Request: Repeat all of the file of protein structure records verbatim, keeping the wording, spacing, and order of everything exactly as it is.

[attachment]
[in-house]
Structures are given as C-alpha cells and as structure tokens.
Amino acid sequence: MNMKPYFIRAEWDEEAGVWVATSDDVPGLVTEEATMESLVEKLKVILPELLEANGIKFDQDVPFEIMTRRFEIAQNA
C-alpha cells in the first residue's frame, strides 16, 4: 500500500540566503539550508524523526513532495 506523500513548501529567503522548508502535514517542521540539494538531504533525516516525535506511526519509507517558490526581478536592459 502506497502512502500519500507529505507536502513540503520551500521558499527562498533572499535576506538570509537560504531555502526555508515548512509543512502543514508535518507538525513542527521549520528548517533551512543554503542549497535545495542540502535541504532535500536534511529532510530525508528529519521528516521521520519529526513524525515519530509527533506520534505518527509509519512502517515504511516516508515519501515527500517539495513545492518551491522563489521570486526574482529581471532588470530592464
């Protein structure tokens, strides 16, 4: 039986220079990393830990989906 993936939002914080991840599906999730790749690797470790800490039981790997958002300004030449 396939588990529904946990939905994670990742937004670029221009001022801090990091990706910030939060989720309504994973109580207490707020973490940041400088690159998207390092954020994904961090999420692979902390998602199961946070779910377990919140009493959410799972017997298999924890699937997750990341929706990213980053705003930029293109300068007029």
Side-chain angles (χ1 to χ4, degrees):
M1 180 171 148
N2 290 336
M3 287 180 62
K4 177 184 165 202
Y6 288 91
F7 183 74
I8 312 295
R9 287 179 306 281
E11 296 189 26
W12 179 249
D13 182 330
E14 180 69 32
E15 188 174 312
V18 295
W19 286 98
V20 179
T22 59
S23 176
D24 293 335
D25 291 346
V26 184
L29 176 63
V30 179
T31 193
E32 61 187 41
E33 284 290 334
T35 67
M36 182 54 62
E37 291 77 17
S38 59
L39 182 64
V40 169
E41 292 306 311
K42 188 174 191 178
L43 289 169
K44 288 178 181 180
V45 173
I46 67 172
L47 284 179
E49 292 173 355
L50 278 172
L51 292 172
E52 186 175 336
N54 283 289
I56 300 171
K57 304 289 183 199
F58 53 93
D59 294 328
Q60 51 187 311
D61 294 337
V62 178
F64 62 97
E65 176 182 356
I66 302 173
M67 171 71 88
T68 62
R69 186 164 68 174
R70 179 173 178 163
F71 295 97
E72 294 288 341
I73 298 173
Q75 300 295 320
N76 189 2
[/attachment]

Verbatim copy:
[in-house]
Structures are given as C-alpha cells and as structure tokens.
Amino acid sequence: MNMKPYFIRAEWDEEAGVWVATSDDVPGLVTEEATMESLVEKLKVILPELLEANGIKFDQDVPFEIMTRRFEIAQNA
C-alpha cells in the first residue's frame, strides 16, 4: 500500500540566503539550508524523526513532495 506523500513548501529567503522548508502535514517542521540539494538531504533525516516525535506511526519509507517558490526581478536592459 502506497502512502500519500507529505507536502513540503520551500521558499527562498533572499535576506538570509537560504531555502526555508515548512509543512502543514508535518507538525513542527521549520528548517533551512543554503542549497535545495542540502535541504532535500536534511529532510530525508528529519521528516521521520519529526513524525515519530509527533506520534505518527509509519512502517515504511516516508515519501515527500517539495513545492518551491522563489521570486526574482529581471532588470530592464
């Protein structure tokens, strides 16, 4: 039986220079990393830990989906 993936939002914080991840599906999730790749690797470790800490039981790997958002300004030449 396939588990529904946990939905994670990742937004670029221009001022801090990091990706910030939060989720309504994973109580207490707020973490940041400088690159998207390092954020994904961090999420692979902390998602199961946070779910377990919140009493959410799972017997298999924890699937997750990341929706990213980053705003930029293109300068007029």
Side-chain angles (χ1 to χ4, degrees):
M1 180 171 148
N2 290 336
M3 287 180 62
K4 177 184 165 202
Y6 288 91
F7 183 74
I8 312 295
R9 287 179 306 281
E11 296 189 26
W12 179 249
D13 182 330
E14 180 69 32
E15 188 174 312
V18 295
W19 286 98
V20 179
T22 59
S23 176
D24 293 335
D25 291 346
V26 184
L29 176 63
V30 179
T31 193
E32 61 187 41
E33 284 290 334
T35 67
M36 182 54 62
E37 291 77 17
S38 59
L39 182 64
V40 169
E41 292 306 311
K42 188 174 191 178
L43 289 169
K44 288 178 181 180
V45 173
I46 67 172
L47 284 179
E49 292 173 355
L50 278 172
L51 292 172
E52 186 175 336
N54 283 289
I56 300 171
K57 304 289 183 199
F58 53 93
D59 294 328
Q60 51 187 311
D61 294 337
V62 178
F64 62 97
E65 176 182 356
I66 302 173
M67 171 71 88
T68 62
R69 186 164 68 174
R70 179 173 178 163
F71 295 97
E72 294 288 341
I73 298 173
Q75 300 295 320
N76 189 2